Depending on the method adopted for carbon pricing mechanism, the investors and covered entities will potentially have difficult mathematic formulas to analyse.
After the UK initiative of subjecting supplies of fossil fuels used in most forms of electricity generation either to the Carbon Change Levy (CCL) or fuel duty (see: ‘Carbon price floor – managed or marketable price for carbon?’) the Australia’s carbon pricing mechanism represents the another example of implementing carbon price floor – with different methods however.


According to the document ‘Price floor for Australia’s carbon pricing mechanism, Implementing a surrender charge for international units’ published in December 2011 (available at, hereinafter referred to as ‘Discussion Paper’, the price floor is intended to help reduce downside carbon price risk for investors in low emission technologies. The said carbon pricing mechanism will include a price ceiling and price floor for the first three years of the flexible price period (2015-16, 2016-17 and 2017-18).

It is planned that the implementation of the price floor will be technically done by combining a minimum auction reserve price for domestic carbon units with a surrender charge for international units.

For particulars as regards minimum auction reserve price for domestic Australia’s carbon see point 5 in ‘Australian carbon auctions design – improvement of the EUETS auctioning model or regression?’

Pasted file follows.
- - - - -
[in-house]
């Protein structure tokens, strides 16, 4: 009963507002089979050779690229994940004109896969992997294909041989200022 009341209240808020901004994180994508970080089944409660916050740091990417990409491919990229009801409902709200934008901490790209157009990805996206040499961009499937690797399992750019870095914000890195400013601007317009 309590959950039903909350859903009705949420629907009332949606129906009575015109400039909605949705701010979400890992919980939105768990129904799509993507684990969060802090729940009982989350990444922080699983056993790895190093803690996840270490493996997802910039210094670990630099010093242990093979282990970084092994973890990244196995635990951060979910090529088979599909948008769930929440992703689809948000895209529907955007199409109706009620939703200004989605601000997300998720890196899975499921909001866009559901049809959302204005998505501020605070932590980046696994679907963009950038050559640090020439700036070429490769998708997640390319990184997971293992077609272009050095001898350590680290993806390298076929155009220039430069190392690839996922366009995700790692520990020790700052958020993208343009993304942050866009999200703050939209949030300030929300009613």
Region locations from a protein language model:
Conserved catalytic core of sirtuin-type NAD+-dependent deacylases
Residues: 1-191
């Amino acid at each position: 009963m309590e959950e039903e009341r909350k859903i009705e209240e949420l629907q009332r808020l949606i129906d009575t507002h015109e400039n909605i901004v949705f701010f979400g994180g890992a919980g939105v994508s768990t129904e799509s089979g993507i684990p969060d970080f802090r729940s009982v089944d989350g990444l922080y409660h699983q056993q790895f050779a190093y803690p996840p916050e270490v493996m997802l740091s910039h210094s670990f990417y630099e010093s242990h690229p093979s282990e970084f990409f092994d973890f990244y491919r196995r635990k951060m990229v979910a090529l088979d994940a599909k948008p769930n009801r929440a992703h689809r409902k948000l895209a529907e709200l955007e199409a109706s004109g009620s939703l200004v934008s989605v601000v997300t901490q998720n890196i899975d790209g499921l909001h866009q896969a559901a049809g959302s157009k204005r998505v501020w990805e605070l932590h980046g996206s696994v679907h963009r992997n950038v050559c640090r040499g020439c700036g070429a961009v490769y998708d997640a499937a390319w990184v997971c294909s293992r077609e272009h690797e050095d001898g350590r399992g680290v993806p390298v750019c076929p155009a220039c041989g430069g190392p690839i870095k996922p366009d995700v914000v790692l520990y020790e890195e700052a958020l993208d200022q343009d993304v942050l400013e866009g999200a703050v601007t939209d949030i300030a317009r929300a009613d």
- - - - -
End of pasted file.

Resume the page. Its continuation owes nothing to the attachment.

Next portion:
Further remarks here relate solely to a second measure mentioned above, i.e. a surrender charge for international units.

‘International units’ in this context may mean CERs for instance but also theoretically EUAs if some form of linking takes place. Any future international units creatively designed in the course of international negotiations following Durban conference are also potentially at issue.

The Australia’s Government in the above document explains that the surrender charge will be based on the difference between the estimated international price for a unit class and the floor price, such that:
• If the price for a class of eligible international unit is equal to or above the floor price the charge will be equal to zero.
• If the price for a class of eligible international unit is below the floor price, the charge will be set at a level in regulations so that it is equal to the difference between the floor price and the estimated price for that class of unit.

As the reader can guess the issue is not simple and when it comes to details, the technical difficulties associated with the practical implementation of each of identified pathways are huge in my opinion.


As follows from the Discussion Paper four basic options for implementing the surrender charge on international units there were identified so far. They are outlined below, for the details, however, readers should refer to the original document. Moreover, the Australia’s Department of Climate Change and Energy Efficiency continues to consult with stakeholders on the these options and stakeholders are still encouraged to make submissions on their views (the deadline for all submissions lapses on 9 February 2012). There may occur, therefore, further options in near future.

The first of the said options sets a surrender charge for a given class of international units based on the actual price paid for that unit. The Discussion Paper gives an example of a person which  surrendered an international unit purchased for $14, he/she would pay an additional $1 charge if the floor price was $15 on the day the unit was surrendered.

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